Ux Weekly
VOL 33 | NO 17
29 | APR | 2019
UXC.COM A Weekly Publication Of UxC Logo
The Leading Source For Timely Market Information For 33 Years

Tons of Prices for U

Given the abundance of uranium price information available in the market today, it is easy to take this cornucopia of data for granted. Industry newcomers are surprised to learn that until 2007, spot and long-term (LT) uranium prices were roughly at parity with each other, and in fact, UxC did not introduce an LT price indicator until 2004. Until then, there was exactly one price, published once a week. ONE. No brokers, no CME futures, no daily prices – just a single weekly number. And, that was already a vast improvement over the period before 1987, when UxC’s predecessor The Uranium Exchange Company (Ux) was the first in the industry to introduce a weekly price indicator – prior to that all that existed was a single monthly price indicator. Just one per month!

When we look back at the evolution of the market, it is clear that 2007 proved to be an important year for the uranium market as it prompted the move away from a single spot price. The decade that followed was revolutionary for the nuclear fuel markets as so many new developments occurred at an unprecedented pace. Today, we have more of everything: more price data, liquidity, transparency, flexibility, and options. All of this leads to a much more sophisticated and efficient market. There is little doubt that price information available to market participants has increased exponentially since 2007.

Having always viewed increased price information as beneficial to the industry, UxC pioneered and supported most of the innovations extant in the market today. Some of these forward-looking introductions were done despite industry skepticism at the time. Back in the early 2000s, UxC warned that a single spot price was insufficient to adequately capture the market going forward. The Ux LT U3O8 Price was introduced ahead of what we recognized would be an eventual divergence between prices for future produced pounds versus material available in the spot market, and thus the term indicator aimed to reflect these anticipated shifts.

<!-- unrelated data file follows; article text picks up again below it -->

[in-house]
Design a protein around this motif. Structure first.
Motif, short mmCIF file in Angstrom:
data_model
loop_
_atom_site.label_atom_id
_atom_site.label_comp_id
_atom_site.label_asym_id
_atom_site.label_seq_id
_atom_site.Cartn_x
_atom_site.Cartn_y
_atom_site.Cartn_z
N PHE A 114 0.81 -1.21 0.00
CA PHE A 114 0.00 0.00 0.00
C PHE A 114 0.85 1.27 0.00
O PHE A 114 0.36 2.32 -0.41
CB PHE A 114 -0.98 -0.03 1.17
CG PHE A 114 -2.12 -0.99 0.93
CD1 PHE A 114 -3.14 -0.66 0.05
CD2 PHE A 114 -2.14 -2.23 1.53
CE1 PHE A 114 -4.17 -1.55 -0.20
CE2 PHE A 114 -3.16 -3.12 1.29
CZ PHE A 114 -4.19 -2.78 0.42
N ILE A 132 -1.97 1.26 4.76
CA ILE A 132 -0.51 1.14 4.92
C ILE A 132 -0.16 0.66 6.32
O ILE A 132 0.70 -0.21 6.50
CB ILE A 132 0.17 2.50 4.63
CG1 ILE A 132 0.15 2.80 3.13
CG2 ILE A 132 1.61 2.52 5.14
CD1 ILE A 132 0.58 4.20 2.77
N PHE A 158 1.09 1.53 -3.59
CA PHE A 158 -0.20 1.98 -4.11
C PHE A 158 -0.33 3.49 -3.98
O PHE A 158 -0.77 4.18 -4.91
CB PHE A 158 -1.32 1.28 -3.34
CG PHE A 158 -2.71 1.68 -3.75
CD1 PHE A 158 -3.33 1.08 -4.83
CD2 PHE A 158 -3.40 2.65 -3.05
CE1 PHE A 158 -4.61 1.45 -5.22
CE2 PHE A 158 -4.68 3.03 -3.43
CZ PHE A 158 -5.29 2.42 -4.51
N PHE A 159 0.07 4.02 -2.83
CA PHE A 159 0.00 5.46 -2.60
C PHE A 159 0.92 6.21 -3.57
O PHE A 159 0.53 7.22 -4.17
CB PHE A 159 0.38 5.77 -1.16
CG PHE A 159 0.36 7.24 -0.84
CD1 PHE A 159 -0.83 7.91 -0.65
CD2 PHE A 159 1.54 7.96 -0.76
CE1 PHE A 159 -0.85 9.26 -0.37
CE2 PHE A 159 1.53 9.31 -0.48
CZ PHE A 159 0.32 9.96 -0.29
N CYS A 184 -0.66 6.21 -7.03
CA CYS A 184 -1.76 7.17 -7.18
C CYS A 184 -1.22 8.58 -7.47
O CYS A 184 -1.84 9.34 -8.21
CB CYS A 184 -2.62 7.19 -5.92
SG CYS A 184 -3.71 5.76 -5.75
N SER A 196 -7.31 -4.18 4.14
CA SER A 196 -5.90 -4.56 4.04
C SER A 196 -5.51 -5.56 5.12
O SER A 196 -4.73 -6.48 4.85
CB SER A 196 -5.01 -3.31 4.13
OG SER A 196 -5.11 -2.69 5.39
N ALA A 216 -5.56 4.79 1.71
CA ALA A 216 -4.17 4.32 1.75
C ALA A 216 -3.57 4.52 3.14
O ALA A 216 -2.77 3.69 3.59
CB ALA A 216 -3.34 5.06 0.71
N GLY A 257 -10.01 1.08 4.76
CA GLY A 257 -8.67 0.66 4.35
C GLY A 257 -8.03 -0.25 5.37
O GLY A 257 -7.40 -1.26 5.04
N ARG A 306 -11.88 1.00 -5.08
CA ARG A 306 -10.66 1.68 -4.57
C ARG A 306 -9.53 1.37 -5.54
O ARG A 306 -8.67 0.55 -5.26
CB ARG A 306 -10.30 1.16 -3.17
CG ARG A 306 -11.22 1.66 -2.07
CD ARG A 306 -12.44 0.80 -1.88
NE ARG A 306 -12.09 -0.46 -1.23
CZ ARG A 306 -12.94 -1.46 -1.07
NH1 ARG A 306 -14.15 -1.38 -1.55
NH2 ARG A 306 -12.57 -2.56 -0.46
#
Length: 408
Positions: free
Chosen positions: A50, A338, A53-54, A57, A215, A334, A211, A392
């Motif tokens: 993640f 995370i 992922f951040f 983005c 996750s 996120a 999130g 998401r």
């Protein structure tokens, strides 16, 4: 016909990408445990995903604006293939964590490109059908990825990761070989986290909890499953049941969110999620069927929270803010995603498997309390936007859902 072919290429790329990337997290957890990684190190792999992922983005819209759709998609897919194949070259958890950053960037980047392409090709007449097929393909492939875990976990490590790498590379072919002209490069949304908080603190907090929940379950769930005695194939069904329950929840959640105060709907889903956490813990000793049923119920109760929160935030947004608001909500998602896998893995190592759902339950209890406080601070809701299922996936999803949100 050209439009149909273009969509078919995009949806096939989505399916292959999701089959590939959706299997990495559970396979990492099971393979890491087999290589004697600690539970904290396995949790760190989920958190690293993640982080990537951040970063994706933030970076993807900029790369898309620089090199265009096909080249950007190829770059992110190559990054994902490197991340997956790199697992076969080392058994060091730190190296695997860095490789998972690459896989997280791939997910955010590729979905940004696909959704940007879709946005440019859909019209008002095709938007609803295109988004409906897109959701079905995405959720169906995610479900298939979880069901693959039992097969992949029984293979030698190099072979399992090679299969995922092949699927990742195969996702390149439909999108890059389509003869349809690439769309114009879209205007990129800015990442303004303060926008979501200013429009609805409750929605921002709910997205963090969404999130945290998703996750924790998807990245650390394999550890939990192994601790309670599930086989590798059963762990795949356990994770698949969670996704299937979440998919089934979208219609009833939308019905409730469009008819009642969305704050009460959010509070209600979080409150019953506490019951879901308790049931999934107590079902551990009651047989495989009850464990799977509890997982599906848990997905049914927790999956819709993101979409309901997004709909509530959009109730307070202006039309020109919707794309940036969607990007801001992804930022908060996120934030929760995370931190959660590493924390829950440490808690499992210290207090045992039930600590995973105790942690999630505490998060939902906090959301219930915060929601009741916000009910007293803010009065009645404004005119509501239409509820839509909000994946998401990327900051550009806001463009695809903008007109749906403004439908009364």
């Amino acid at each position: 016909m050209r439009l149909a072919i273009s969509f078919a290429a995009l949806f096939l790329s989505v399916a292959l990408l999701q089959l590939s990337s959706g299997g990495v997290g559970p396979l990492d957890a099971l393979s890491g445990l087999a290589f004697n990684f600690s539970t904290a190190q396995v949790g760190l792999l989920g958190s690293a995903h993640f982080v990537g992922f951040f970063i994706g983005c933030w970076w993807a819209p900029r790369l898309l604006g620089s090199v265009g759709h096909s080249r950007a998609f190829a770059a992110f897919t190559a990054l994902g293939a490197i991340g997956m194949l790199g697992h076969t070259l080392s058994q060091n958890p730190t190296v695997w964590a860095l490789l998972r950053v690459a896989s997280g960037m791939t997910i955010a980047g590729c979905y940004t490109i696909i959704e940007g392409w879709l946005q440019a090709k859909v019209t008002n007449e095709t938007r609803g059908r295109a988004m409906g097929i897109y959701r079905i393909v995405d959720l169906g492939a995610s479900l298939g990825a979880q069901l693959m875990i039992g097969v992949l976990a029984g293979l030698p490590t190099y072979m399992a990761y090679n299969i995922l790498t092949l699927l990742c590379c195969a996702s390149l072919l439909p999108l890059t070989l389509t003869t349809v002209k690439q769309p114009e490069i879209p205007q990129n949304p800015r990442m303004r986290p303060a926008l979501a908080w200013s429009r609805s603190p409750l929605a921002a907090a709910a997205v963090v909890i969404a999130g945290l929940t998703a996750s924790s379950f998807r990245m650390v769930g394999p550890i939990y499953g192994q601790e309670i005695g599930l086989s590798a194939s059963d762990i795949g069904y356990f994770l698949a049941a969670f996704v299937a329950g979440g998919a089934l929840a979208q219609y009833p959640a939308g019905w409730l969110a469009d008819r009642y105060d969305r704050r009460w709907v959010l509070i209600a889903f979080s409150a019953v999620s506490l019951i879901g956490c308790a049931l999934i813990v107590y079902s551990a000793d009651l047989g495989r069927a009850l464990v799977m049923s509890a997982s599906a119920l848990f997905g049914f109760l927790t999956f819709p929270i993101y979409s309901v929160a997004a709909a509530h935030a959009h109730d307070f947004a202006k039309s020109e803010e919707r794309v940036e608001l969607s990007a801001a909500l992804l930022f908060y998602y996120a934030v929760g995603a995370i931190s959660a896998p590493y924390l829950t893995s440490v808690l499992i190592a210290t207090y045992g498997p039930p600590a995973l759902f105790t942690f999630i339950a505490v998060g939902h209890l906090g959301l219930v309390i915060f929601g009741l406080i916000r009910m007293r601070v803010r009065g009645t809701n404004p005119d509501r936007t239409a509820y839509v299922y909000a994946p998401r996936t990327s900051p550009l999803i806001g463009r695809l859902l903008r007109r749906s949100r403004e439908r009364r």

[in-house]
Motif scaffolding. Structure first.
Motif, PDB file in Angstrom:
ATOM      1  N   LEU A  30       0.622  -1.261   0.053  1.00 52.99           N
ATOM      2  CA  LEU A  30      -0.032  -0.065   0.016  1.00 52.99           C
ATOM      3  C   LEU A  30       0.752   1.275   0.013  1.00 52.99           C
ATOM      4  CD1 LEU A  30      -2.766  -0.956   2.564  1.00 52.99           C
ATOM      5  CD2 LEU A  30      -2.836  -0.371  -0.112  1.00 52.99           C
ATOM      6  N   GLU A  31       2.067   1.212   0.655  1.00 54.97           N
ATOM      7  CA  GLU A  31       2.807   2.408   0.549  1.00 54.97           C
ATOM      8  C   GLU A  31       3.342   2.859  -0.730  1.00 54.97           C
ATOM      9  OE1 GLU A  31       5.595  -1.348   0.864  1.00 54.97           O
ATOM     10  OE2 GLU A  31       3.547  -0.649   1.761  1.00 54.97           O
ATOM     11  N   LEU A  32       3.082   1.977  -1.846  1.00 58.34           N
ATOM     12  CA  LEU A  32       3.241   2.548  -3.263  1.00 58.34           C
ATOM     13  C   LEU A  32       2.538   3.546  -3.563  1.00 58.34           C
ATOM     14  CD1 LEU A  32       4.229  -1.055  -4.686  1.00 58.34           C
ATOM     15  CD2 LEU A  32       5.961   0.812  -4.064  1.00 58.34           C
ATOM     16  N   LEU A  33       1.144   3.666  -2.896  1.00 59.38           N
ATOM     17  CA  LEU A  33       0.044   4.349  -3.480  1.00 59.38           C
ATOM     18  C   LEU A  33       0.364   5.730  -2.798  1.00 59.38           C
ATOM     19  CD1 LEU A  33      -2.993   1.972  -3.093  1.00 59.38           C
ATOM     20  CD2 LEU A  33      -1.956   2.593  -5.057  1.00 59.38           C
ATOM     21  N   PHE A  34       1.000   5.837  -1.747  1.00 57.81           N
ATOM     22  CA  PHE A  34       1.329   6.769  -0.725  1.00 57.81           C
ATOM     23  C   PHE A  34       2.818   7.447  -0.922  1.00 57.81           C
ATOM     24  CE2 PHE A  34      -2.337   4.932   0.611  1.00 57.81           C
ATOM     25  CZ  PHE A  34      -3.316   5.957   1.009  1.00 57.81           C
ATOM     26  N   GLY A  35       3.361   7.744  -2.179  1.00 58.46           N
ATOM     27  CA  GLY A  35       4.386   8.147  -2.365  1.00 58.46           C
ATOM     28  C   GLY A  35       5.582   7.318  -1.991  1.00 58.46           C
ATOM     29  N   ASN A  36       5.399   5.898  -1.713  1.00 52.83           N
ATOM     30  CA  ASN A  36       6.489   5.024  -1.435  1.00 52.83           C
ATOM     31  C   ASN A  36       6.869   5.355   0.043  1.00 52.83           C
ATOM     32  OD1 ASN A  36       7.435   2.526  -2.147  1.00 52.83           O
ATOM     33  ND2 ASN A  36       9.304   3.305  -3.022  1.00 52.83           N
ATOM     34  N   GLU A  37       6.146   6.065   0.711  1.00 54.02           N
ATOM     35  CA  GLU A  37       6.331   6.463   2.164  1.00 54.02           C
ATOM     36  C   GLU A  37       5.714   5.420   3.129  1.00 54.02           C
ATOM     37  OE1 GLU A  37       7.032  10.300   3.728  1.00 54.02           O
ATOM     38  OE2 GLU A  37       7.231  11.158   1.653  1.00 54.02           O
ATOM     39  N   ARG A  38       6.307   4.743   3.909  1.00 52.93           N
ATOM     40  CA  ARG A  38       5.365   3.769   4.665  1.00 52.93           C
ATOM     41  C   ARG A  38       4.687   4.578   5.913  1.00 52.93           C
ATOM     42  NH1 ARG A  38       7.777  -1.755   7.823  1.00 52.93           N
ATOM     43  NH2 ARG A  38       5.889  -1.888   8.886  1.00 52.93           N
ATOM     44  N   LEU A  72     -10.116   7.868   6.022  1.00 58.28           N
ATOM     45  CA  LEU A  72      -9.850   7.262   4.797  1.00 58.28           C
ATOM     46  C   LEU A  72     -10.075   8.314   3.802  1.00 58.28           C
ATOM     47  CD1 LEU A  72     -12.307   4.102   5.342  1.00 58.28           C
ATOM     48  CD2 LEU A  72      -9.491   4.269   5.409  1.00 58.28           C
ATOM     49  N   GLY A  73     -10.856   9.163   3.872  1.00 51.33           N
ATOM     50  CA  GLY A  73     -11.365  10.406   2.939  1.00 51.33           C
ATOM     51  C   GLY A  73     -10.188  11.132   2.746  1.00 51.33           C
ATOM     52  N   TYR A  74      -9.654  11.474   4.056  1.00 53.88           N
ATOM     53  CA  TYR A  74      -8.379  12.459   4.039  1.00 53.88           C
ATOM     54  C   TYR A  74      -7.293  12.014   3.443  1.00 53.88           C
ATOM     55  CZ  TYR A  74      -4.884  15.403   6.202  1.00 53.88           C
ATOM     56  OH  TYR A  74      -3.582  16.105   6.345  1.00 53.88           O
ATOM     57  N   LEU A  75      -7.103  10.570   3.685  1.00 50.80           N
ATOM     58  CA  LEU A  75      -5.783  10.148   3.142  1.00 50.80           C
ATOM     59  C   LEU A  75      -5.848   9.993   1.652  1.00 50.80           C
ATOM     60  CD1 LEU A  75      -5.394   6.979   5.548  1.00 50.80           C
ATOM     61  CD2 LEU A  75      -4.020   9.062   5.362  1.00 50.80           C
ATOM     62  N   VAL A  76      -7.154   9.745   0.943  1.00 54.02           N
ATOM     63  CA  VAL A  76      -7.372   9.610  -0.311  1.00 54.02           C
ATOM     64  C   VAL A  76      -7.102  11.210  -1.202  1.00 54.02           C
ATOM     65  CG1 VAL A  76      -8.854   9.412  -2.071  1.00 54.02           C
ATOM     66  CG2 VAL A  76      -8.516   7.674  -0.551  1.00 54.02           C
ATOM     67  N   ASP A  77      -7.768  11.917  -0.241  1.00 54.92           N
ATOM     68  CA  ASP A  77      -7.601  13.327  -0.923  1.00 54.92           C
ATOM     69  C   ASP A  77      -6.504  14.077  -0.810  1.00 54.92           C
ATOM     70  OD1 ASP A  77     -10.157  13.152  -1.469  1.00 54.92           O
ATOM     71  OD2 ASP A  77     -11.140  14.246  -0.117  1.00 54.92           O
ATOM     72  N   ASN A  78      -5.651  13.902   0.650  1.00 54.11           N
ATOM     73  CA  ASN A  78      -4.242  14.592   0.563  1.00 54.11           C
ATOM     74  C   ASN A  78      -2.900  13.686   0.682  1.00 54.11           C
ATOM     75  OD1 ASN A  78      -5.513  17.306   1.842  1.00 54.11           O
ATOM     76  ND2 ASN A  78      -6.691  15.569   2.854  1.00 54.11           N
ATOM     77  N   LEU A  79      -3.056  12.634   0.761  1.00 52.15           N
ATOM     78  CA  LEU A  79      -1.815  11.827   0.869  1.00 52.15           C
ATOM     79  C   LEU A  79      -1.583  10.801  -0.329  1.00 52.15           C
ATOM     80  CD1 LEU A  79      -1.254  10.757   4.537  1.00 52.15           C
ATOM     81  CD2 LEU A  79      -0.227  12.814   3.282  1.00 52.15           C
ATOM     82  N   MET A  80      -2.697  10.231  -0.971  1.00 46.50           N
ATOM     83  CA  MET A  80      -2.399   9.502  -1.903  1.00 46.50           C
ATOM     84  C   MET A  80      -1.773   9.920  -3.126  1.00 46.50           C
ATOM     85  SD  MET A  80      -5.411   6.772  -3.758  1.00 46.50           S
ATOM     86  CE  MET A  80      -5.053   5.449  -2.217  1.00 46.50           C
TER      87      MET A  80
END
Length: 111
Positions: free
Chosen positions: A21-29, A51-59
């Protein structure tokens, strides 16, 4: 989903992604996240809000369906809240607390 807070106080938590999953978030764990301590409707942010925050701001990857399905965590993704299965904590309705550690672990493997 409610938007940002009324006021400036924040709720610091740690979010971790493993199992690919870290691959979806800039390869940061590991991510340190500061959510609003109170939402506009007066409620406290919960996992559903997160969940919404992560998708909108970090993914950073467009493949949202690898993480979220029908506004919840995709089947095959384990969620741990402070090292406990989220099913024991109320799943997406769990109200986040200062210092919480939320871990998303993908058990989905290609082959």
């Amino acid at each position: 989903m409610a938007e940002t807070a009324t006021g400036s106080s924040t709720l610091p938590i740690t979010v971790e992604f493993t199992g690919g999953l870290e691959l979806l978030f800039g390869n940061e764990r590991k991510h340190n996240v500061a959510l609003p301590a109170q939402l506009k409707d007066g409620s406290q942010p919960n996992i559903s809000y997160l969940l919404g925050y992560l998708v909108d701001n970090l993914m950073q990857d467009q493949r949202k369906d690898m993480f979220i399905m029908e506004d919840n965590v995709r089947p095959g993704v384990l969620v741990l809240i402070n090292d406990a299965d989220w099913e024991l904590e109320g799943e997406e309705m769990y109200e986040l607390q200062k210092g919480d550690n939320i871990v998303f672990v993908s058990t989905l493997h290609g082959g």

Similarly, following Fukushima and the rise in excess inventories, the development and increased importance of the mid-term market and forward price curve were recognized by UxC’s introduction of the Ux 3-Year and 5-Year Forward Prices in 2016. The importance of the forward uranium price curve cannot be emphasized enough, and we credit financially-savvy brokers like Numerco Limited for its creation. Prior to the forward curve’s existence, there simply was not enough information to properly price material for delivery at fixed prices out in time.

Less revolutionary, but nonetheless very useful, has been our publication of the Ux U3O8 Monthly Average Price (MAP) since late 2016. The MAP is the average of the four or five weekly Ux U3O8 Prices for the given month. This indicator was published in response to industry requests as UxC recognized its applicability for those who wish to reference a price that captures all of the price movements over a month as opposed to just a single month-end weekly price.

As a result of all of these innovations, the price box on this page now contains five different Ux Price Indicators for uranium alone!

Notably, the last decade has also brought about price information from various other sources. The commodity-style brokers, who entered the industry a little over a decade ago, are an important source of continuous price information. UxC teamed with the leading brokers in 2009 to introduce the daily Broker Average Price (BAP), which is published daily with the support of two participating brokers: Evolution Markets and Numerco. The BAP allows us to provide price information on a more continuous basis, because after all, the market does not stand still between Mondays.

Another massive improvement brought about by the brokers is the evolution of both bid and ask prices in the market. Prior to this, most of the readily available data was centered on offer (ask) prices, and there was little understanding regarding the bid levels of potential buyers. In 2011, UxC responded to the availability of bid prices by incorporating this additional information into our official Ux U3O8 Price definition. While we still focus our price indicator determination on “the most competitive offer of which we are aware,” we also take into account bid levels and transaction prices at the time since a willingness by a seller to hit the bid or drop the offer closer to the bid by definition implies a lower offer than what was first reported.